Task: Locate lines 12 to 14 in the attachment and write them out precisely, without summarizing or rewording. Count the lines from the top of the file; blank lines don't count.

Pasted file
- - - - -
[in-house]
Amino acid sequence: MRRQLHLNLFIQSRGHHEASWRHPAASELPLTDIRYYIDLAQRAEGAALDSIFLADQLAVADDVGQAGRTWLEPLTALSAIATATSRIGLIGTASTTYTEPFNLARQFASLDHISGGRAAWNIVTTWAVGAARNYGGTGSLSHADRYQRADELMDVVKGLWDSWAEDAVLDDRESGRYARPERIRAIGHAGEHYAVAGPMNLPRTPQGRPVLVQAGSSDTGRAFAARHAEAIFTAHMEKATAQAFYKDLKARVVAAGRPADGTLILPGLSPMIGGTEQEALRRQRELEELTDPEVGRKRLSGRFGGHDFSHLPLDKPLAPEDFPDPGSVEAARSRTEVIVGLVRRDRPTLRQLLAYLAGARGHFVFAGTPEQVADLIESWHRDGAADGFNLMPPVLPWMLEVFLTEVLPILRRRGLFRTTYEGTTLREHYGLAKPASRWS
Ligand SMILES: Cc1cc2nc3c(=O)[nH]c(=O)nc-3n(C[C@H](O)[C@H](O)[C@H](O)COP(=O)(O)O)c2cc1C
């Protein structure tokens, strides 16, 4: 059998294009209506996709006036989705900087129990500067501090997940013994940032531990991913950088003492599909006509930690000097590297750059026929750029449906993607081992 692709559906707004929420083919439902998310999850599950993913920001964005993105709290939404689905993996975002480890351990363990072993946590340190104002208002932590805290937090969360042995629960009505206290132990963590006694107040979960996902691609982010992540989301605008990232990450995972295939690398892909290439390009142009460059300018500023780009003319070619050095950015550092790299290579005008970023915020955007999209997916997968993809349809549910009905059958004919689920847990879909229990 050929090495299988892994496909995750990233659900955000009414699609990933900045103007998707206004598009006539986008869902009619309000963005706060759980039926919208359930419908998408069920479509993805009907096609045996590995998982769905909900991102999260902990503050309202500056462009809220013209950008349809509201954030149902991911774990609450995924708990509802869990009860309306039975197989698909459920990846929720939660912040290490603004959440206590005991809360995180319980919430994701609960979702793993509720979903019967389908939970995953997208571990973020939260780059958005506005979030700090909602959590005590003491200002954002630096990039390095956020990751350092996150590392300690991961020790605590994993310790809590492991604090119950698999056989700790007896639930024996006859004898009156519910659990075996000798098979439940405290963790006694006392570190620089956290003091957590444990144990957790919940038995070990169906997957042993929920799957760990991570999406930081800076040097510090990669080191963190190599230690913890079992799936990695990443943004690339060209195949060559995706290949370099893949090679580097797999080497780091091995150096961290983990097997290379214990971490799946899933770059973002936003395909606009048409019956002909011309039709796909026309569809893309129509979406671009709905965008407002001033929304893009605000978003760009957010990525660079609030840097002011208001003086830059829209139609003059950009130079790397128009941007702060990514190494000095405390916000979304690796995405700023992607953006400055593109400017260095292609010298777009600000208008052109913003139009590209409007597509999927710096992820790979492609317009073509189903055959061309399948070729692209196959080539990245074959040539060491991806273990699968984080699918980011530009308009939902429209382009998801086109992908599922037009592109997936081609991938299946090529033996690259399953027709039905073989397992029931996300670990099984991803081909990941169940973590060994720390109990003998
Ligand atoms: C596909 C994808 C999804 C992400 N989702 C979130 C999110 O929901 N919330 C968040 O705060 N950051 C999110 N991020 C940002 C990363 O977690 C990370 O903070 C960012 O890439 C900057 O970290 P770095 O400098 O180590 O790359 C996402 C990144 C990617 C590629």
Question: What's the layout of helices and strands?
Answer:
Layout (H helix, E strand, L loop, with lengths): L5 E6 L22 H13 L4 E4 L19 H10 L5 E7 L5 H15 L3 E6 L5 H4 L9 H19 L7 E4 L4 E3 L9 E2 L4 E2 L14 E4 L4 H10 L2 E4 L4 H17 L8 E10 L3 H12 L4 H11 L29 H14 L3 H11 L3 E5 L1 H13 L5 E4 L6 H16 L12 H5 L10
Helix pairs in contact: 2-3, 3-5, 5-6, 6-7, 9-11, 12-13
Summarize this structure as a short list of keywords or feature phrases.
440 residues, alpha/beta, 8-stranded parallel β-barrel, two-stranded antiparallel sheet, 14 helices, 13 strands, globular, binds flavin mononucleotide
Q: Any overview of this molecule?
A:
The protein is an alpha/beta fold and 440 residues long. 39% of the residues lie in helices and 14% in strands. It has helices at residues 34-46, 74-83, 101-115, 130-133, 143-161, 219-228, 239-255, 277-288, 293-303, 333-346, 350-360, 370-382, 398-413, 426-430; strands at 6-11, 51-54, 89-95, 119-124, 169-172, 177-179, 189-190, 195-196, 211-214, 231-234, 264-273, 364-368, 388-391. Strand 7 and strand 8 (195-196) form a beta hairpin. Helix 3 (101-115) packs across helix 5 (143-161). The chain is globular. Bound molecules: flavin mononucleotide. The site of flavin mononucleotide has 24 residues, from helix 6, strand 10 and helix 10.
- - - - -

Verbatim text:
Q: Any overview of this molecule?
A:
The protein is an alpha/beta fold and 440 residues long. 39% of the residues lie in helices and 14% in strands. It has helices at residues 34-46, 74-83, 101-115, 130-133, 143-161, 219-228, 239-255, 277-288, 293-303, 333-346, 350-360, 370-382, 398-413, 426-430; strands at 6-11, 51-54, 89-95, 119-124, 169-172, 177-179, 189-190, 195-196, 211-214, 231-234, 264-273, 364-368, 388-391. Strand 7 and strand 8 (195-196) form a beta hairpin. Helix 3 (101-115) packs across helix 5 (143-161). The chain is globular. Bound molecules: flavin mononucleotide. The site of flavin mononucleotide has 24 residues, from helix 6, strand 10 and helix 10.